Last week, MLB approved the sale of the Houston Astros as well as some other policy changes. According to an article by the Associated Press, the Astros were sold for 750 million dollars. MLB executives, however, wanted the Astros to move from the NL Central to the AL West. By moving the Astros into the AL, both the NL and AL will have an equal number of teams (15). With 15 teams in each league, that means that interleague play will take place throughout the entire season and not during specific times in the season. Also, MLB is also expanding the playoffs by two additional teams (1 in each league).
What makes the Astros sale interesting is that MLB would not approve the sale unless the new owner agreed to move the team to the AL West Division. As a result, the new owner negotiated a 70 million dollar discount on the franchise sale price according to reports. Half of the 70 million dollars is being paid by MLB and the other half by the old team owner.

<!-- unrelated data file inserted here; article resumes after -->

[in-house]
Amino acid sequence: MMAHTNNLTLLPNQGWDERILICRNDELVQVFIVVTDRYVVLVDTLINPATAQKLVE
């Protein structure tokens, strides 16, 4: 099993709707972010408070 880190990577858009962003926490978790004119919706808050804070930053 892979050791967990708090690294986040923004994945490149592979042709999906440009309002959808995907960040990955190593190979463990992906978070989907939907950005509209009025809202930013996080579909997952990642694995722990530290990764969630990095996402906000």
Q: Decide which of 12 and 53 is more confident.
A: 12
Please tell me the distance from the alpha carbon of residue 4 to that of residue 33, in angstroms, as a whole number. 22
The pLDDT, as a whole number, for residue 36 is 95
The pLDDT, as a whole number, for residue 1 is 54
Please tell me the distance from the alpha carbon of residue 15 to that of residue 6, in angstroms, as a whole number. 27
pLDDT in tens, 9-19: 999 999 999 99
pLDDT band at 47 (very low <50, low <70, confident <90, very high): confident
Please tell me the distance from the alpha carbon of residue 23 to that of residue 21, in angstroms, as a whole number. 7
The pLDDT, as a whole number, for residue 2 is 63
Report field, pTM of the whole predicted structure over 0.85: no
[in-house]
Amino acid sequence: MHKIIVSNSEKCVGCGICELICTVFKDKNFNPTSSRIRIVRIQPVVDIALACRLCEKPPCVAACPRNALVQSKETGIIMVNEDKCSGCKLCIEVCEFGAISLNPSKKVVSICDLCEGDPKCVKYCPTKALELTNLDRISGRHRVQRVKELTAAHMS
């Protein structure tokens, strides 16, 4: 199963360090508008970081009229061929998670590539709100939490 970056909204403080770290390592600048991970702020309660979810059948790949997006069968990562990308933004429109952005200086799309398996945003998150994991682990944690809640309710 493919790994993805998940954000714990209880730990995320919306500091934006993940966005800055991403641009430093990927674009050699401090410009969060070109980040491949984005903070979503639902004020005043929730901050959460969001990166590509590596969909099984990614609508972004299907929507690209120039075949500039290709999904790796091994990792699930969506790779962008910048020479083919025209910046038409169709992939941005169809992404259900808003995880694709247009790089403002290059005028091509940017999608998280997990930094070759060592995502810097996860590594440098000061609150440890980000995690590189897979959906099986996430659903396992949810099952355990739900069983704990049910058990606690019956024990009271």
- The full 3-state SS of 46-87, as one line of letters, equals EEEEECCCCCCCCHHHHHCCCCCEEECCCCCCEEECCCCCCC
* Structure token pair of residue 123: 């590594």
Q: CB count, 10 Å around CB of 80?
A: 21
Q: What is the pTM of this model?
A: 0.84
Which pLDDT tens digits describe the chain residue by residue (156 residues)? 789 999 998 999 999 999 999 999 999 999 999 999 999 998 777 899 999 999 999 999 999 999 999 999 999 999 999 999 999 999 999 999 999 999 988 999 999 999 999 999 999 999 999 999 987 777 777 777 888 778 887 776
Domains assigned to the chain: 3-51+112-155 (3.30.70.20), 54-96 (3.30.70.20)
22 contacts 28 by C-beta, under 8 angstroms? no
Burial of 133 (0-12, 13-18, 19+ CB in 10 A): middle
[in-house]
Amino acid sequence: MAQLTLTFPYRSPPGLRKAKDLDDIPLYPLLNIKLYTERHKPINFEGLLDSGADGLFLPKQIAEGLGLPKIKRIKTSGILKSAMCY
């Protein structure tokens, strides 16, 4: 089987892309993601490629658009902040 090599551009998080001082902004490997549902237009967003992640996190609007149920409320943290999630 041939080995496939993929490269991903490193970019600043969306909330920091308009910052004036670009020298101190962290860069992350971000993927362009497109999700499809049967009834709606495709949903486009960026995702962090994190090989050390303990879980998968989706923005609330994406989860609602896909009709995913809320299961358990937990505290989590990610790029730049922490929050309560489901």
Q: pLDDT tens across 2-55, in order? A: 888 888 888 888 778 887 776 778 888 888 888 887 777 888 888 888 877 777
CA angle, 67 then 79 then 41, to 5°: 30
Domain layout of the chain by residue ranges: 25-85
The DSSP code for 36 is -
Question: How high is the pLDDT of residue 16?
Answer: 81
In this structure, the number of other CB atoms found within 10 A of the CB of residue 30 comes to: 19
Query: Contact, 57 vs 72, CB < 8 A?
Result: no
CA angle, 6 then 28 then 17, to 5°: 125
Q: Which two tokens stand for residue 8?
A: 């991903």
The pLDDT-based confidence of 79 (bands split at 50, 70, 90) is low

What makes a change to the AL worth 70 million dollars to the owner? Certainly, there may be some additional traveling involved as Houston will have to travel to Seattle. It is approximately 1900 miles to Seattle by air compared to 1150 to Pittsburgh, the furthest team from Houston in the NL Central. Houston will also have to travel to Oakland and Anaheim compared to Chicago, Milwaukee, Cincinnati, and St. Louis. By moving to the AL West, Houston will play the Texas Rangers, their geographic rival and new division rival, more times than just one series per year under interleague play. Playing the Rangers should provide the Astros with increase revenue for these games to help offset some travel cost. The question remains as to why changing leagues “costs” 70 million dollars.